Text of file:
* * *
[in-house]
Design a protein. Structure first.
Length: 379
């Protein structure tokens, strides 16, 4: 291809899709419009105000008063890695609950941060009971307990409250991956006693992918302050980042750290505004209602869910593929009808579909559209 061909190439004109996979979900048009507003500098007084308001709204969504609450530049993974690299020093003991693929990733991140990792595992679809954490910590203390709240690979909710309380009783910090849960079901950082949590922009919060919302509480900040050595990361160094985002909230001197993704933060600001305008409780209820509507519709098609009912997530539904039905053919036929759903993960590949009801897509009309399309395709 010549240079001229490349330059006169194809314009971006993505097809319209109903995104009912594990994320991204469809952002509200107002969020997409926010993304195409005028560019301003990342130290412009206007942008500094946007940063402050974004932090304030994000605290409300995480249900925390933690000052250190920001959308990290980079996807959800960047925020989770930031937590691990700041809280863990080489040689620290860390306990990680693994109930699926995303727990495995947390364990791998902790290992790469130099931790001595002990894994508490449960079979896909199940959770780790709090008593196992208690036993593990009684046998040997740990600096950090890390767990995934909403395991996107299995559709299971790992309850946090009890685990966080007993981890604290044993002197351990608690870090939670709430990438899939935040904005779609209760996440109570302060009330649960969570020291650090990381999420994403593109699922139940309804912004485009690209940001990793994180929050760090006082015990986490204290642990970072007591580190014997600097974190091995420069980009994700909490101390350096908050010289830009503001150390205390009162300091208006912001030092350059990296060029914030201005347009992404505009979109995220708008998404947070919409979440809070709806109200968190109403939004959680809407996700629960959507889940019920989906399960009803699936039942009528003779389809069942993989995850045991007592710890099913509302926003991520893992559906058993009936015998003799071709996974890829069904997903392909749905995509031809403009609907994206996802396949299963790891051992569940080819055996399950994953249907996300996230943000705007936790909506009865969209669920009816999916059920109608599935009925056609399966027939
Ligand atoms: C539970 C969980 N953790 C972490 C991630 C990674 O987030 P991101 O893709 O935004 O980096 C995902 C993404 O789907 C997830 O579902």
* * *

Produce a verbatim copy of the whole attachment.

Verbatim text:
[in-house]
Design a protein. Structure first.
Length: 379
């Protein structure tokens, strides 16, 4: 291809899709419009105000008063890695609950941060009971307990409250991956006693992918302050980042750290505004209602869910593929009808579909559209 061909190439004109996979979900048009507003500098007084308001709204969504609450530049993974690299020093003991693929990733991140990792595992679809954490910590203390709240690979909710309380009783910090849960079901950082949590922009919060919302509480900040050595990361160094985002909230001197993704933060600001305008409780209820509507519709098609009912997530539904039905053919036929759903993960590949009801897509009309399309395709 010549240079001229490349330059006169194809314009971006993505097809319209109903995104009912594990994320991204469809952002509200107002969020997409926010993304195409005028560019301003990342130290412009206007942008500094946007940063402050974004932090304030994000605290409300995480249900925390933690000052250190920001959308990290980079996807959800960047925020989770930031937590691990700041809280863990080489040689620290860390306990990680693994109930699926995303727990495995947390364990791998902790290992790469130099931790001595002990894994508490449960079979896909199940959770780790709090008593196992208690036993593990009684046998040997740990600096950090890390767990995934909403395991996107299995559709299971790992309850946090009890685990966080007993981890604290044993002197351990608690870090939670709430990438899939935040904005779609209760996440109570302060009330649960969570020291650090990381999420994403593109699922139940309804912004485009690209940001990793994180929050760090006082015990986490204290642990970072007591580190014997600097974190091995420069980009994700909490101390350096908050010289830009503001150390205390009162300091208006912001030092350059990296060029914030201005347009992404505009979109995220708008998404947070919409979440809070709806109200968190109403939004959680809407996700629960959507889940019920989906399960009803699936039942009528003779389809069942993989995850045991007592710890099913509302926003991520893992559906058993009936015998003799071709996974890829069904997903392909749905995509031809403009609907994206996802396949299963790891051992569940080819055996399950994953249907996300996230943000705007936790909506009865969209669920009816999916059920109608599935009925056609399966027939
Ligand atoms: C539970 C969980 N953790 C972490 C991630 C990674 O987030 P991101 O893709 O935004 O980096 C995902 C993404 O789907 C997830 O579902």